Midlife inflammation linked to poorer memory and thinking in later life

Posted on 13th February 2019

Neurology: Systemic inflammation during midlife and cognitive change over 20 years

A team of US researchers found that markers of chronic inflammation in the blood during midlife are linked to poorer memory and thinking 20 years later. The results are published in the scientific journal, Neurology.

Researchers tested a total of 12,336 study participants for five signs of inflammation and then followed them up for 20 years. The study volunteers’ cognition was also measured, including tests on word processing and fluency.

During analysis, the researchers took a number of dementia risk factors into account. They found that the people who had the highest levels of inflammation during midlife had a 7.8% decline in memory and thinking test scores compared to those with the lowest levels of inflammation. They also found that people with higher levels of midlife inflammation were more likely to be female and from a black ethnic background.

Dr David Reynolds, Chief Scientific Officer of Alzheimer’s Research UK, said:

“This well-executed study is more evidence that inflammation in midlife can play an important role in memory and thinking decline, but we need to understand more about the brain changes underpinning this link.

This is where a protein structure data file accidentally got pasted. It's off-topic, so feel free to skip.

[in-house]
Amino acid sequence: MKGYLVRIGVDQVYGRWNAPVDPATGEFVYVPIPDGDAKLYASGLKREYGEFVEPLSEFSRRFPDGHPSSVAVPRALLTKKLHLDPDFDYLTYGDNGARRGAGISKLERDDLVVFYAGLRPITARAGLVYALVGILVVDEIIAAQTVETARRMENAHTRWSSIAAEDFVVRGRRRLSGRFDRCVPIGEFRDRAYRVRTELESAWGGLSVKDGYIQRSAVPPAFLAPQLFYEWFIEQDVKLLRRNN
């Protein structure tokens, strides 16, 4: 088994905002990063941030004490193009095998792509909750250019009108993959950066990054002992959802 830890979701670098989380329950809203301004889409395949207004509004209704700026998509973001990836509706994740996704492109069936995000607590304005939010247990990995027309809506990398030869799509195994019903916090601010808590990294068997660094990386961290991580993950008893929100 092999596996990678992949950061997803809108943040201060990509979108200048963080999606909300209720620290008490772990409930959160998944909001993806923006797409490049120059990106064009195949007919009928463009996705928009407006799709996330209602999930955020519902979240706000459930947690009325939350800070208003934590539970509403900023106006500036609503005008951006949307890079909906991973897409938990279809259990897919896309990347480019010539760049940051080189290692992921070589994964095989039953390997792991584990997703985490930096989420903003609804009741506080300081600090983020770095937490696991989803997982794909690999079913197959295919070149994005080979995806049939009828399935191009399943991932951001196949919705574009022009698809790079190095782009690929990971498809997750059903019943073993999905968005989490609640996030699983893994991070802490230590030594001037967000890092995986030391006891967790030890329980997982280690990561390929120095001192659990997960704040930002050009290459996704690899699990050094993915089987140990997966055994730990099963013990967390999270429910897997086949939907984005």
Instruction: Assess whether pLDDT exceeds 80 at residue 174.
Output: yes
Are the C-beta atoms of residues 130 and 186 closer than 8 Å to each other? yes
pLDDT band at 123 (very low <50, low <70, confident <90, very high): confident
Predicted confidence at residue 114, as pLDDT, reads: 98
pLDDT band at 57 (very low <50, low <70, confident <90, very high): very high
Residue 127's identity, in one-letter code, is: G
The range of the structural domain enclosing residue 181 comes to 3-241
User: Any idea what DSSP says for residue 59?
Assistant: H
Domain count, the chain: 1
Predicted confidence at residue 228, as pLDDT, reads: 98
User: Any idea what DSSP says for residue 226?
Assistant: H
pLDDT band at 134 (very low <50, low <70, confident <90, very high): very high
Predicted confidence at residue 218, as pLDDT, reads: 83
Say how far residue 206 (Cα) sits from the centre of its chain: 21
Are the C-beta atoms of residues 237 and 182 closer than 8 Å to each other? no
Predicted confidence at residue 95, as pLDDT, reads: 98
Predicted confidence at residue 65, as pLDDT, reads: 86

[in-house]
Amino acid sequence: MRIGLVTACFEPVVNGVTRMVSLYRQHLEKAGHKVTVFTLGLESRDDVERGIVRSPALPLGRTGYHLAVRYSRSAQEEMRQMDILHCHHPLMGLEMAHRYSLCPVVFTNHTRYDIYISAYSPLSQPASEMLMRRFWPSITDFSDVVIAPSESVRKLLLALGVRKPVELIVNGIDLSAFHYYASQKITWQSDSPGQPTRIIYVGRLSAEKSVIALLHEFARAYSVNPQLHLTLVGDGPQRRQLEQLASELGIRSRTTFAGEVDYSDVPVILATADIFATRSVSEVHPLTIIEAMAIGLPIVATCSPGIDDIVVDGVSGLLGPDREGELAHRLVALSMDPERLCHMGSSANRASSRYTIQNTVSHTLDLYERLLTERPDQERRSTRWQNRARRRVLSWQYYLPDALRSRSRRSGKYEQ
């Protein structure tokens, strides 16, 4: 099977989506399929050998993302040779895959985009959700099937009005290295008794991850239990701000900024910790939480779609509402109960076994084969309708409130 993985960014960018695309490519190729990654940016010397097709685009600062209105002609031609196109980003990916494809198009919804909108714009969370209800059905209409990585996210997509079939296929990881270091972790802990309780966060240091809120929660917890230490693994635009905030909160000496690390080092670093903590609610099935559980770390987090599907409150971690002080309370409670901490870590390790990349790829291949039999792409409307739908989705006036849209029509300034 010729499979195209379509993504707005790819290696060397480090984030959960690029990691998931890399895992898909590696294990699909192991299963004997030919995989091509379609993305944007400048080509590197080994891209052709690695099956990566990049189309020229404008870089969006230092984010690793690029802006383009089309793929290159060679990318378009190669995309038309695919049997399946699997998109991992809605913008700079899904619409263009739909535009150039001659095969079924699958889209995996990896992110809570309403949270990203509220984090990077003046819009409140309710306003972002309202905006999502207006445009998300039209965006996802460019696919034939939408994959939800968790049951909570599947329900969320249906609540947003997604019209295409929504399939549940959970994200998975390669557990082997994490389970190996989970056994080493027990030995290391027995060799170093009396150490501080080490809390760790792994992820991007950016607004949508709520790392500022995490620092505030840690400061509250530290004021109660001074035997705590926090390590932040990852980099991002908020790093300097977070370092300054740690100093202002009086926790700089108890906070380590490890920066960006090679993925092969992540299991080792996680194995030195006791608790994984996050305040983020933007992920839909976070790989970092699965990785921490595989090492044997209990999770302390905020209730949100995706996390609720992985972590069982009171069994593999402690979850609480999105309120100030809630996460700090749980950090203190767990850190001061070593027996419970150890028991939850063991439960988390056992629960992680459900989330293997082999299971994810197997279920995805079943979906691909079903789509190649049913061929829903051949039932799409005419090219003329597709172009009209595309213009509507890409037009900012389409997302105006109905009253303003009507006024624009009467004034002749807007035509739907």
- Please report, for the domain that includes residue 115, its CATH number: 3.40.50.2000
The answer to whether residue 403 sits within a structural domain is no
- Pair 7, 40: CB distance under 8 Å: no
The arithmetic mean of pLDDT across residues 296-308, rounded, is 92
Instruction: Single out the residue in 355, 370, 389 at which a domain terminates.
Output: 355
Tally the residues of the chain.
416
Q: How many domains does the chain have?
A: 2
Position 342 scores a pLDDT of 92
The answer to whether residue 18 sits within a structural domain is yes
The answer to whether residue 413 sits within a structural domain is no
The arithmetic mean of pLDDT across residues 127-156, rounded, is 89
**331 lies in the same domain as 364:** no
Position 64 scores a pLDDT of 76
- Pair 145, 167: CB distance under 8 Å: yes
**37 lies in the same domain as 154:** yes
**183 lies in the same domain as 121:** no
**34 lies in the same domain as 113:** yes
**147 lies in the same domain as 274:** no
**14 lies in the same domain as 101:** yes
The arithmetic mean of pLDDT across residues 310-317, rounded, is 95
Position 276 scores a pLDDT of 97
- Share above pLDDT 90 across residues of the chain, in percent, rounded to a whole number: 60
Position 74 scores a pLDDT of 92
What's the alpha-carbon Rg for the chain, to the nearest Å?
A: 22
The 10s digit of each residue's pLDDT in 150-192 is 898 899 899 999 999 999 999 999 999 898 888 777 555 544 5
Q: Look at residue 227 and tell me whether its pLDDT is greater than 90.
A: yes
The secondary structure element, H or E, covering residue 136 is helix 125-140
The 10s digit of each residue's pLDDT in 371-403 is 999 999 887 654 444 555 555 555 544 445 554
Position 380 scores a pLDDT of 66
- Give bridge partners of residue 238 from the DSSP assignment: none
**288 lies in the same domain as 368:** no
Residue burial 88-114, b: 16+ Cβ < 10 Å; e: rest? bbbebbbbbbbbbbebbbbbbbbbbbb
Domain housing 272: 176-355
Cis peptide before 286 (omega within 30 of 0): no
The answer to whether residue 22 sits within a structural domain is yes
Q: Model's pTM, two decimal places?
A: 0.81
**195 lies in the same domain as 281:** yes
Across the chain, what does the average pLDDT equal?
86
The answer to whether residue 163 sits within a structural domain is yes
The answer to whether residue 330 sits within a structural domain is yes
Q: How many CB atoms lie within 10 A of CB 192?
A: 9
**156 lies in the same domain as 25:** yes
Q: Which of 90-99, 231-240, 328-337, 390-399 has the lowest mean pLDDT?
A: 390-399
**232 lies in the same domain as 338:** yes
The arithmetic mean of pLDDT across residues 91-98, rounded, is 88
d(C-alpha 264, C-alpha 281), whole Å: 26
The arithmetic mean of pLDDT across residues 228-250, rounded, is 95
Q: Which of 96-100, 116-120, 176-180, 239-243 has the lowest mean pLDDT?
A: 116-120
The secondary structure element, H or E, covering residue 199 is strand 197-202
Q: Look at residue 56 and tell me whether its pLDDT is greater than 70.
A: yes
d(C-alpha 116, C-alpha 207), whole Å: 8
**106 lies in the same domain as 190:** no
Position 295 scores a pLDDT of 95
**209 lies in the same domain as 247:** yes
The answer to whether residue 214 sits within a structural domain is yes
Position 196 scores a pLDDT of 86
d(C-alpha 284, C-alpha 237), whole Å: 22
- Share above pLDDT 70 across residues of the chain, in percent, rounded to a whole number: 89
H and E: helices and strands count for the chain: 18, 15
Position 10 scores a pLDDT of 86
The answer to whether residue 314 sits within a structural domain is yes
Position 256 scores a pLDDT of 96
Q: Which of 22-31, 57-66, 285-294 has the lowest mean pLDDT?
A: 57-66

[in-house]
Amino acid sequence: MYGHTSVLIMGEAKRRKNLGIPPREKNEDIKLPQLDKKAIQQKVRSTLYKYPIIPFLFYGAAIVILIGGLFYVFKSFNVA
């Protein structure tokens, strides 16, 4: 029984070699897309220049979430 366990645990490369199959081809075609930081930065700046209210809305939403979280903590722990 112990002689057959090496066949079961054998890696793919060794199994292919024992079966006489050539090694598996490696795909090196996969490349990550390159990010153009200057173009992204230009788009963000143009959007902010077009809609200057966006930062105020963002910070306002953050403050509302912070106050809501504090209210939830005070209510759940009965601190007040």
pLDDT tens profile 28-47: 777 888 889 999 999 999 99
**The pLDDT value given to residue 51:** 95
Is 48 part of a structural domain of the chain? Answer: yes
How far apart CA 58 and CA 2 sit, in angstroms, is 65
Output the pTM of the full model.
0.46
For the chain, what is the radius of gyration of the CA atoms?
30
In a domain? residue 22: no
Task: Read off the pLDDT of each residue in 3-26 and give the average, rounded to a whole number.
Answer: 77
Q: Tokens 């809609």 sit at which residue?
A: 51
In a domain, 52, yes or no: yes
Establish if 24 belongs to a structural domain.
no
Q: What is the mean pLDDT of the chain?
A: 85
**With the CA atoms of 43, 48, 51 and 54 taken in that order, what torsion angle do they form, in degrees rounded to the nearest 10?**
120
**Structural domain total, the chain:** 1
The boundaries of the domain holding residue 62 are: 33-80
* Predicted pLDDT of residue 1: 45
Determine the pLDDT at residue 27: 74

“Scientists think that drugs that act against the immune system could have the potential to limit damage in diseases that cause dementia and initiatives like the Alzheimer’s Research UK Drug Discovery Alliance are working to develop medicines that work in this way.

“Although the study did not look to see how many people went on to develop dementia, we know that diseases like Alzheimer’s can begin in the brain decades before symptoms start to show and midlife is emerging as a critical time to take action to promote brain health.

“Research suggests that up to a third of dementia cases could be linked to lifestyle factors but only 34% of people think it’s possible to reduce their risk of developing dementia, compared to 81% who think it’s possible to reduce their risk of developing diabetes.

“The best current evidence suggests that we can keep our brain healthy as we age by not smoking, drinking within the recommended limits, staying mentally and physically active, eating a balanced diet, and keeping blood pressure and cholesterol levels in check.”

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